Cuban doctors share their experiences in internationalist missions

by Nuria Barbosa León
November 26, 2015
Reprinted from Granma

Internationalist medical aid has been a longstanding part of the Cuban people’s tradition of solidarity, since the beginning of the Revolution. As early as 1960 a brigade was sent to Chile following an earthquake there, and to Algeria in 1963, to support the new country recently liberated from colonialism.

In November of 1965, the first class of doctors and dentists trained after the triumph of the Revolution in 1959 graduated, and several of these youth departed shortly thereafter to serve in distant lands. Granma International spoke with some of them.

Manuel Felpeto Fernández [right] arrived in the Algerian city of Inkerman in 1968, to find a country immersed in social change after winning its independence from France, and attempting to improve its precarious health care system.

“Infectious disease, skin and eye problems abounded. The prices of medicines were beyond the reach of the population, and the sick quickly became seriously ill. We made a great effort to organize the public health care system, and provide better medical coverage,” said Felpeto, now a professor.

The work in Algeria changed Felpeto’s life personally and professionally. Being selected to participate in an international mission at that time was a great privilege, and allowed him to face medical challenges that were being eradicated in Cuba. The experience also influenced his decision to specialize in gynecology and obstetrics.

“I was able to save the lives of several women with postpartum complications. Traditionally, births take place at home, without medical assistance, in unfavorable hygienic conditions. Upon arriving to the hospital, their deteriorating condition was evident, and we had to act immediately and correctly. That is why I dedicated my life to this specialty,” Felpeto said.

After completing his social service in the mountains of Cienfuegos, in 1966, Juan René Perdomo Silveira [left], also a gynecologist, offered his solidarity in Mali.

In Africa, he took up the struggle against malaria, malnutrition, leprosy and tuberculosis in several cities near the border with Ivory Coast and Burkina Faso, treating patients in need of general medicine, pediatric and gynecological services.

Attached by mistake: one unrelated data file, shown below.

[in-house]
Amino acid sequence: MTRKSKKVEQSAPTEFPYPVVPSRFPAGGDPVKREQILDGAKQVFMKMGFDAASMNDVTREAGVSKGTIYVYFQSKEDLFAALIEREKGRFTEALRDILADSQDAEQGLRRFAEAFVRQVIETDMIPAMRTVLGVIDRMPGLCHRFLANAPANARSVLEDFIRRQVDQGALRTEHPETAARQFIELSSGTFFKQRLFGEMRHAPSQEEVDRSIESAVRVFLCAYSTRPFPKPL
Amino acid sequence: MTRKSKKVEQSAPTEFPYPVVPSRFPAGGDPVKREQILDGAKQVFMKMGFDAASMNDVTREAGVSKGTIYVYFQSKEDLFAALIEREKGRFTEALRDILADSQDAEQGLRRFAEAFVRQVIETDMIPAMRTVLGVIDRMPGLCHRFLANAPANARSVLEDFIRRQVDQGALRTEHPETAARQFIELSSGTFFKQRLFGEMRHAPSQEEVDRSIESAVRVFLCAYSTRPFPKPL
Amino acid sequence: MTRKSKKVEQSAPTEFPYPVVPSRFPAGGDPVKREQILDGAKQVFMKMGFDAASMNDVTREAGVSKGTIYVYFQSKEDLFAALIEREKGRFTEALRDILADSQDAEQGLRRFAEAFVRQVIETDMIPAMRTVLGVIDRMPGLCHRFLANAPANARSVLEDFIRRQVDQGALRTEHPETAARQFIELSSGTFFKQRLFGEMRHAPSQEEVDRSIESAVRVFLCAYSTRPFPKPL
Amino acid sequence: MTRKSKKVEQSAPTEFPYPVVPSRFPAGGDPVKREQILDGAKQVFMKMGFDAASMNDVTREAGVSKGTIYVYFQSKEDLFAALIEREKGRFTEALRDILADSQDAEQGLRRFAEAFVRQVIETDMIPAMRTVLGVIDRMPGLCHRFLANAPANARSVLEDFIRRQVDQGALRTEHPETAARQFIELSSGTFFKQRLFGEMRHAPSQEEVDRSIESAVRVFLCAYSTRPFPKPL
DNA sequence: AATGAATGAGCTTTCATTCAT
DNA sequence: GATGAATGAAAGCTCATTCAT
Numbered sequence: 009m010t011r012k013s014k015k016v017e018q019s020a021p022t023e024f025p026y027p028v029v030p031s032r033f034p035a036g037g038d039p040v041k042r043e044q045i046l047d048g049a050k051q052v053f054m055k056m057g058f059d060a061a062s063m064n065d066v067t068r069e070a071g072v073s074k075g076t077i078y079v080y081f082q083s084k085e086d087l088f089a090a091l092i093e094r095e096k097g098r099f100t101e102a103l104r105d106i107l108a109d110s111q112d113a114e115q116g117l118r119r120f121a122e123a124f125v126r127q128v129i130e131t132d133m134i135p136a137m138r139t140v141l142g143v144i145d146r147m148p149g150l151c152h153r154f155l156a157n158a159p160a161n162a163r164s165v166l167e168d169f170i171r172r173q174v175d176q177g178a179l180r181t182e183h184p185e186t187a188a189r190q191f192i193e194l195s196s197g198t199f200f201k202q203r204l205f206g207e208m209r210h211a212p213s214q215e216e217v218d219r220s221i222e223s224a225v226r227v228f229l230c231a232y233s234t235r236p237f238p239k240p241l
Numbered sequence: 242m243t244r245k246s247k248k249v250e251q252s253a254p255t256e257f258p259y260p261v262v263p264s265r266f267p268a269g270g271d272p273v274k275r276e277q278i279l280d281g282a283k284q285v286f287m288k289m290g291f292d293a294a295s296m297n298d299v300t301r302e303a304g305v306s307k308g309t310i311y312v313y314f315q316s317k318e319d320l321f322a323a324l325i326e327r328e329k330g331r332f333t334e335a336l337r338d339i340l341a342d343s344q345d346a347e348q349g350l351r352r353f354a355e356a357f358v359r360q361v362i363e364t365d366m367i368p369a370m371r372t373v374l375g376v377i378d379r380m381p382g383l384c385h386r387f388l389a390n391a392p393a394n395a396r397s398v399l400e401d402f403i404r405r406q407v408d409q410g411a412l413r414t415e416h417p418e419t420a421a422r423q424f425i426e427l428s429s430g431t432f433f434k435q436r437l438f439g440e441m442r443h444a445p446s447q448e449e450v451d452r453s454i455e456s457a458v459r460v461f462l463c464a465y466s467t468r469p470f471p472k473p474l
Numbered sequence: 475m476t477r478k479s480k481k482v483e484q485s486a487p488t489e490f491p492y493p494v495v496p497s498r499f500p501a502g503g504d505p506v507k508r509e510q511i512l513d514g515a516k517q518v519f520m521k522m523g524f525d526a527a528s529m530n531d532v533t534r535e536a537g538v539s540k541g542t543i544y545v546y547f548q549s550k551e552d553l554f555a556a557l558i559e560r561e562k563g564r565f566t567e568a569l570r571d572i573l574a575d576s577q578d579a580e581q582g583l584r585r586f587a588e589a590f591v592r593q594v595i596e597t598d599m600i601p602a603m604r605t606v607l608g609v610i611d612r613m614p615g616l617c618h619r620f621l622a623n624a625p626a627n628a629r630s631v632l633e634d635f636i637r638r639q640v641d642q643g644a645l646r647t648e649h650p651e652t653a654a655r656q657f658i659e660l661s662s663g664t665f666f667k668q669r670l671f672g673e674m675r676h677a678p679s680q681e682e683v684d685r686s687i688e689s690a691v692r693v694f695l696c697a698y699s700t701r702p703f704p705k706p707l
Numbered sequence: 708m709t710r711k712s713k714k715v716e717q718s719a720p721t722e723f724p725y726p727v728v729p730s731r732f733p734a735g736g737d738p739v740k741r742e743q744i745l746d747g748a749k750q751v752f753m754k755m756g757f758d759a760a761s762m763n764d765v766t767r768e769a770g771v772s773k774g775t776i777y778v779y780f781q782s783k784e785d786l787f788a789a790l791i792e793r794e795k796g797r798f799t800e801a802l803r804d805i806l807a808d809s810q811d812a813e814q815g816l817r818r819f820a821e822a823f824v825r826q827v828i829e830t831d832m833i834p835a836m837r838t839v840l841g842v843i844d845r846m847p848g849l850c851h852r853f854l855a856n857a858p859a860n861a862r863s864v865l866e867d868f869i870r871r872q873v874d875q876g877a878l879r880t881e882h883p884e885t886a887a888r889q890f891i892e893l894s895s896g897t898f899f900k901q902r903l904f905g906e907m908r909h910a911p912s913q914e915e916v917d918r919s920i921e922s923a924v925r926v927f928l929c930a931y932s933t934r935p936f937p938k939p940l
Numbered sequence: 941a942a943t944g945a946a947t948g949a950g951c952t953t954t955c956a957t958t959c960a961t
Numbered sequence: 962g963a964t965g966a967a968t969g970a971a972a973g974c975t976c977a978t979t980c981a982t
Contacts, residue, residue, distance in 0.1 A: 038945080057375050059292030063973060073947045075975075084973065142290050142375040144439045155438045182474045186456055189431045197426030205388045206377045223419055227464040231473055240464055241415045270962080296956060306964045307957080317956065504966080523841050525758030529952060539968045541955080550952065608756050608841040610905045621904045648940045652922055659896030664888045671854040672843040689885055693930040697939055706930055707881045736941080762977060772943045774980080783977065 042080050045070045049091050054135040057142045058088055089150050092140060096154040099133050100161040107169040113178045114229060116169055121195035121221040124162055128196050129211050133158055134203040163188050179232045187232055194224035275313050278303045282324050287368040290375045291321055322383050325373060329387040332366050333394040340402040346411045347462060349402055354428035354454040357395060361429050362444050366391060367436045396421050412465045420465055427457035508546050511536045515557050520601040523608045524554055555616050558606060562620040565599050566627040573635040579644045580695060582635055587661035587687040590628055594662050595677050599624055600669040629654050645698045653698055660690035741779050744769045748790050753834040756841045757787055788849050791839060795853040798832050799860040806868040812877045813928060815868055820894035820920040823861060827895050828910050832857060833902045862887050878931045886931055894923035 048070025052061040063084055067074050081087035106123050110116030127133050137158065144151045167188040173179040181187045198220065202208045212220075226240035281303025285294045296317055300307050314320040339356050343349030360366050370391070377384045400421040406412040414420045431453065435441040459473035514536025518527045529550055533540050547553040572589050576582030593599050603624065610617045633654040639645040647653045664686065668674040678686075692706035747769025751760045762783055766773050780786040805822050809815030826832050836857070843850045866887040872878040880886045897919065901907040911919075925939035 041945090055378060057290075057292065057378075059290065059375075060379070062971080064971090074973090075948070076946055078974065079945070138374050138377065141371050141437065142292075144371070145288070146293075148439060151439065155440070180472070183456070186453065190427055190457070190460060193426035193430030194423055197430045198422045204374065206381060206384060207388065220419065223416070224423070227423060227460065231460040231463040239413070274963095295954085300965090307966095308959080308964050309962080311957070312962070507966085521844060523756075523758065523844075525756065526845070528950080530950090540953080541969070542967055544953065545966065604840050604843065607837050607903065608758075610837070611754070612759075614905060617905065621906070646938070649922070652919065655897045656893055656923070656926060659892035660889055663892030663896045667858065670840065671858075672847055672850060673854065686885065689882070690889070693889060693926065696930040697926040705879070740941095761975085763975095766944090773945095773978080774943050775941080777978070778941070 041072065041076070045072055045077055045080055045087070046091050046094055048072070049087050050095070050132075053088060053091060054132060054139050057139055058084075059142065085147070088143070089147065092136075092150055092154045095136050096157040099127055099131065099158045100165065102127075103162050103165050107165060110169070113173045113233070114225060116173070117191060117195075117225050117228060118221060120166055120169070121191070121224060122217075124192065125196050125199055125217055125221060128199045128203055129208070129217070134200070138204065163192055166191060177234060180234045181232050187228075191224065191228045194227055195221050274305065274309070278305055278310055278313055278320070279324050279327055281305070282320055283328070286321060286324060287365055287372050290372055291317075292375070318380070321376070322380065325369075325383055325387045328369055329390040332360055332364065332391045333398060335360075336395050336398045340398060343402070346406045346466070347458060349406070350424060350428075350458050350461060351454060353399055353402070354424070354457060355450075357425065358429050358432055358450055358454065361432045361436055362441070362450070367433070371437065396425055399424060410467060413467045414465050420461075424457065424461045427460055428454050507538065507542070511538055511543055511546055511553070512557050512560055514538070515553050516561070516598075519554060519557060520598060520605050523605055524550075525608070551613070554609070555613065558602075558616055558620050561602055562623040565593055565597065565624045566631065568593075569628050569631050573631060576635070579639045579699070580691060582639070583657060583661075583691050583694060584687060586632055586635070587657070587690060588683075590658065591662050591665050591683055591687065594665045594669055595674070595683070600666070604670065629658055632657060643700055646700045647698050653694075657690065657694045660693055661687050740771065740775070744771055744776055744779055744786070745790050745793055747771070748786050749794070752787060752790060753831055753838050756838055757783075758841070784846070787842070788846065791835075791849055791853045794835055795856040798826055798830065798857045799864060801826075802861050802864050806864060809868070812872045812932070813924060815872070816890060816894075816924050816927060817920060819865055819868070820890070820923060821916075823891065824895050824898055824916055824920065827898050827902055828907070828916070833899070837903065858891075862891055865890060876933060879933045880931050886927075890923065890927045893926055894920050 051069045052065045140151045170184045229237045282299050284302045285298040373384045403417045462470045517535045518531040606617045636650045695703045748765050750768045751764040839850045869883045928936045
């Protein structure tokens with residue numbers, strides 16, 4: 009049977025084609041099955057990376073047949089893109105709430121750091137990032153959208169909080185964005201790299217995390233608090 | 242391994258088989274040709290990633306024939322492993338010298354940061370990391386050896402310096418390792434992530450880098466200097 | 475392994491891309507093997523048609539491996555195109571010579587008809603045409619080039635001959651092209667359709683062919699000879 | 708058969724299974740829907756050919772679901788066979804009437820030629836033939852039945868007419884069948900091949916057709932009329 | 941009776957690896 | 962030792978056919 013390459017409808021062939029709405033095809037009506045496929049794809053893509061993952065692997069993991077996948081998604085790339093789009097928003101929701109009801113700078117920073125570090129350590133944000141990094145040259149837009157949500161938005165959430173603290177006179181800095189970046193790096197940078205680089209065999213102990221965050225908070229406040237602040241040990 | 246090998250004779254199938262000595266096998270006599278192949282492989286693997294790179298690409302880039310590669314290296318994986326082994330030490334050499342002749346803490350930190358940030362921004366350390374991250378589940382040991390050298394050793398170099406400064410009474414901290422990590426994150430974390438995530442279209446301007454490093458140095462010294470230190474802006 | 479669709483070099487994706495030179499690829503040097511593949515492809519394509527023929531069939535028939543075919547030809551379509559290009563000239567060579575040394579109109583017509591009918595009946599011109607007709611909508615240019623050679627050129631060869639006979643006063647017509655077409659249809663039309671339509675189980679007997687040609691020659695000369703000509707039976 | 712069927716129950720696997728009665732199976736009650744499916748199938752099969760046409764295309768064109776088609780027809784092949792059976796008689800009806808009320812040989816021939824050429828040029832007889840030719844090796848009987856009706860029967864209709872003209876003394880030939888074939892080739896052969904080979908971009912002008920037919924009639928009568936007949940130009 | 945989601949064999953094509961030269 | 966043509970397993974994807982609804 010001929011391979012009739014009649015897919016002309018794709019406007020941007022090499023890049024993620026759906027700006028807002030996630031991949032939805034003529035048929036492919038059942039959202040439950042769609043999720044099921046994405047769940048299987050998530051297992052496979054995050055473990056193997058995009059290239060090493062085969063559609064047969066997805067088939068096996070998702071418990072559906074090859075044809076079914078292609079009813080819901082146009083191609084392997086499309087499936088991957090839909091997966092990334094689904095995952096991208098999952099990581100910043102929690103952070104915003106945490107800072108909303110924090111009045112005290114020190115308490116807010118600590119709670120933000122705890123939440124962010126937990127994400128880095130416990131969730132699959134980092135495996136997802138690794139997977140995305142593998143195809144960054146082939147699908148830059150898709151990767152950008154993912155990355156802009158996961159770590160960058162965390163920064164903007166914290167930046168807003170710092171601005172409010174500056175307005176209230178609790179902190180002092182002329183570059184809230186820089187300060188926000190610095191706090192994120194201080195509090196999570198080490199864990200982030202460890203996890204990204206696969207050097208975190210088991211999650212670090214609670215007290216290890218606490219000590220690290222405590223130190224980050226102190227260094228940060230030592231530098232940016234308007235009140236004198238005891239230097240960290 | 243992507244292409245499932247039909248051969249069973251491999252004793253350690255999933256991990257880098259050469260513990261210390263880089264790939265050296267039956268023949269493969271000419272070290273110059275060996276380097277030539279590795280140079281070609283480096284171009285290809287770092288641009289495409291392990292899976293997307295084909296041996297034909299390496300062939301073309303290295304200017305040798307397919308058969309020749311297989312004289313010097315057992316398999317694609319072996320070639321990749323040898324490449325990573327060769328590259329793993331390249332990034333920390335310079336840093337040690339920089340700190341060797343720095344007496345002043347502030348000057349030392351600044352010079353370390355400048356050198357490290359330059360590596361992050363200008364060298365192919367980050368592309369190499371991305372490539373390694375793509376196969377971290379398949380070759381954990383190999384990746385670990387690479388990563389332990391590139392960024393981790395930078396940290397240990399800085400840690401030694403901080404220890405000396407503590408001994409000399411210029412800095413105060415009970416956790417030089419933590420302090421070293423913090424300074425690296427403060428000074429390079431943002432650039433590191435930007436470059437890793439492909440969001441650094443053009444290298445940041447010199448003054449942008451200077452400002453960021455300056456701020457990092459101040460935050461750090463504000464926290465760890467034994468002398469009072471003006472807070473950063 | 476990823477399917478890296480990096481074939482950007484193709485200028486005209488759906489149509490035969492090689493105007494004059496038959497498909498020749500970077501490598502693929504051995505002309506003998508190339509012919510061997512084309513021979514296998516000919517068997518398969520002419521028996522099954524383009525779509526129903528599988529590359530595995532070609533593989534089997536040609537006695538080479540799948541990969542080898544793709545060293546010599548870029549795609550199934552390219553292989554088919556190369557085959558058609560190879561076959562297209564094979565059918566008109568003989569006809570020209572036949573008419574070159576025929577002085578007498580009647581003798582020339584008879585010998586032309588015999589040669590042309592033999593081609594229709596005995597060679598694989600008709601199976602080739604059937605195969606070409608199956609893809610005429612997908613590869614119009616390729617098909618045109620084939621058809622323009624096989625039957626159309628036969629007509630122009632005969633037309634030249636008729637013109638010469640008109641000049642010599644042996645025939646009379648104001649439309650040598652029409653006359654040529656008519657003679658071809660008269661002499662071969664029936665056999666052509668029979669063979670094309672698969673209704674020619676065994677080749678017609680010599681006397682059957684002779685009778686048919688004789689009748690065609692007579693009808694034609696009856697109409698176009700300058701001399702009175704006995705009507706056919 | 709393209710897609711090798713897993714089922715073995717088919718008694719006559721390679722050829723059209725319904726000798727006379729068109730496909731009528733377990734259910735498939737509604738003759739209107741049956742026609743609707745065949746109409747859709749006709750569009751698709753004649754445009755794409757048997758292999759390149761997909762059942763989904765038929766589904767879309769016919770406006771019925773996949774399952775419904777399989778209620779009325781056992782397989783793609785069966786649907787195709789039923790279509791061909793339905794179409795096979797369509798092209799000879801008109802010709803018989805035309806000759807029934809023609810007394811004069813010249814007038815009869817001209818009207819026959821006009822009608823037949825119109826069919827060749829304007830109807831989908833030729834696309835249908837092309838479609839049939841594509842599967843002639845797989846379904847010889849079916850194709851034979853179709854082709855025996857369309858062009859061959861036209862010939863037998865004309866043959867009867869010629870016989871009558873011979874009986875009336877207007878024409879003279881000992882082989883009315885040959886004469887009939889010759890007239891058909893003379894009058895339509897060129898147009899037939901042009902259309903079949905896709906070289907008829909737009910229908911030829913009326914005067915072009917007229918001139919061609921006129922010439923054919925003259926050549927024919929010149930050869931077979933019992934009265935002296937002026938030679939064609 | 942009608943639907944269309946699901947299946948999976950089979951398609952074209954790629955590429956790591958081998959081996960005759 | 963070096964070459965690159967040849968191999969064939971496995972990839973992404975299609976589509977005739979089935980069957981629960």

“Completing this internationalist mission gave me the opportunity to experience first hand the big differences in the world. I worked in a country that possesses abundant natural resources, and with a very poor population that lacked the elemental means to live. I saw people die of parasitism and curable diseases because they didn’t have the money to pay for a doctor’s visit.”

Eulogio Deschapelles Himely [right], now a cardiologist, worked in Guinea Bissau from 1969 through1971, in areas of military conflict and explained, “We lived for two years in irregular conditions, in camps set up by the guerillas, with food in short supply, treating those wounded in combat and tending to the civilian population, who increasingly sought out our medical services.”

“The hygienic-sanitary situation was terrible. We worked with nurses from the population with insufficient professional training and a low level of education. We were obliged to first teach them the basic principles of patient management.”

Later, in 1987, Dr. Deschapelles worked in Angola, treating heart patients in Luanda’s Central Military Hospital.

He has not retired and says he will continue teaching until the end of his life, having mentored 48 masters and doctoral students.

Ophthalmologist Yrma de la Cantera Medina [left] currently works in Venezuela, and over her 50-year career has responded to the call for solidarity on six occasions. Her first mission was to Algeria, 1982 to 1984.

“At that time, they called me because of I had finished my specialty studies with very good results, and my professional work was considered outstanding,” she said, adding, “Being selected meant you were among the best. I was called upon to perform a large number of surgeries, and I learned to take my cap and mask with me, to enter the operating room at any time of day.”

She studied English to work in Belize, in 1994, passing a rigorous proficiency exam, and served as an assistant professor in Haiti (1998) and Equatorial Guinea (2000-2002), to prepare ophthalmologists in these countries.

Dr. Yrma speaks passionately about Mission Miracle, which she helped launch in Venezuela, diagnosing patients in that country who would then receive surgery in Cuba.

She insists that it is difficult to find words to describe the satisfaction she feels when patients thank her for returning their vision, adding, “When I was a child, I wanted to be a doctor to treat other children. I didn’t chose pediatrics because I responded to the country’s need for specialists, but if I were born again, I wouldn’t hesitate to become an ophthalmologist.”